Last time there was a new Corvette, GM dared to dream big and see if it could spin it into a $100,000 Cadillac. And it worked, for a while. It was called the XLR and it – along with its high-performance twin the XLR-V – sold fairly well as a Mercedes-Benz SL fighter. That is, until the economy – along with General Motors – crashed and the Corvette Caddy was killed.
Now, however, GM is back and better than ever with an all-new C7 Corvette Stingray. At the same time, Cadillac is trying to remake itself as a lightweight, high-performance luxury brand inline with BMW and other European automakers. Does this mean that the Stingray, just like the C6 before it, could underpin a Cadillac?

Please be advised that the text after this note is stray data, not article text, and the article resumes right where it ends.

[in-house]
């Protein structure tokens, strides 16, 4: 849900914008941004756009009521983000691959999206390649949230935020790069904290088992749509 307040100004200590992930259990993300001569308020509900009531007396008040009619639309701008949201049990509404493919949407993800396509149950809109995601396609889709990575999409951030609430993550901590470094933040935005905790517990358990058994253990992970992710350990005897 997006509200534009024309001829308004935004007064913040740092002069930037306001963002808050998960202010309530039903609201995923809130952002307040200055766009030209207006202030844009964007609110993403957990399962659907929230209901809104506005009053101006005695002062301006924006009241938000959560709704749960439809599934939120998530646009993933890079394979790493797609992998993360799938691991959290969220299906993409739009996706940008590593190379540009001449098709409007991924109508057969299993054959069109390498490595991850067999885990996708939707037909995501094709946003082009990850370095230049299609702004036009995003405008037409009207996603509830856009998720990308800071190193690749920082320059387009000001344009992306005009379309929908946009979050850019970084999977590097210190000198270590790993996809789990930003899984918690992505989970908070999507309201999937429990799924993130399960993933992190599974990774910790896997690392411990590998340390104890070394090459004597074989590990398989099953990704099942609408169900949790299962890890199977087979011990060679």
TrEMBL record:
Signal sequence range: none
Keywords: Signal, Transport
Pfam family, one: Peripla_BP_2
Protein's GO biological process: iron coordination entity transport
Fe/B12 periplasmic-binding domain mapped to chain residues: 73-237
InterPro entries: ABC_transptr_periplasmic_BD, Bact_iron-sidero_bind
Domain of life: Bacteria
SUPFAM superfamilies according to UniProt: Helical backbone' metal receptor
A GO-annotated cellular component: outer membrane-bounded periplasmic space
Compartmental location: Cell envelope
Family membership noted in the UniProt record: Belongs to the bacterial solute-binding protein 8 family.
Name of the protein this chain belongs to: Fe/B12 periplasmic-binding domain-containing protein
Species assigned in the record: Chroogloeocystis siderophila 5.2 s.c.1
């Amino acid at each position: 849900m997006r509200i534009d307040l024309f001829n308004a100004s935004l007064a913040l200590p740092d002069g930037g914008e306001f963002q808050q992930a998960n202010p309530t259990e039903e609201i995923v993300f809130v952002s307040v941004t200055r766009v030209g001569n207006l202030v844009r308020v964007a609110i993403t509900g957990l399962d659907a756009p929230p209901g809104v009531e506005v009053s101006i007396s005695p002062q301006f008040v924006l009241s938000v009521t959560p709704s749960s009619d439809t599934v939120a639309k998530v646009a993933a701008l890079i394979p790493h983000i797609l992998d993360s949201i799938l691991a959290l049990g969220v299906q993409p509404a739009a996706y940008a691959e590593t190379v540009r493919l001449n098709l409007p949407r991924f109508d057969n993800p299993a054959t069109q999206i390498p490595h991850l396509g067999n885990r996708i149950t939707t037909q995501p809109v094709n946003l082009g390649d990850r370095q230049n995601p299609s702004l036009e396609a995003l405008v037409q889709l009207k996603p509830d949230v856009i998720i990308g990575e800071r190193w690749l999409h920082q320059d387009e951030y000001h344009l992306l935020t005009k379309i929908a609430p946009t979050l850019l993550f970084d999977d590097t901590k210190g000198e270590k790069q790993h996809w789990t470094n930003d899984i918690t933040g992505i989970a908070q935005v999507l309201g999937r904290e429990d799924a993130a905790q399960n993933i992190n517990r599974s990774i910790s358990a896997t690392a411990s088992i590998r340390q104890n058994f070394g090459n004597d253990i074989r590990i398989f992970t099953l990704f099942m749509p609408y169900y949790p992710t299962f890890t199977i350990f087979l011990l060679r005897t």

Fox News asked that very question at the recent Stingray launch and here’s the answer it received: “This is a Corvette, it’s optimized for the Corvette market,” said Chief Corvette Engineer, Tadge Jeuchter. “There’s no intent to offer any other nameplate, aside from the Corvette.”
As disappointing as this might be for Caddilac fans, don’t take it as gospel. Automakers are always denying great ideas like a rebirth of the XLR.
Recently, we saw the unveiling of an all-new full-size Cadillac coupe called the Elmiraj. The more attention the Elmiraj attracts, the more it sounds like Caddilac is ready to pull the trigger and send it into production. Maybe if we drool enough over a Stingray-based XLR, it, too, could become reality. Here’s to hoping.
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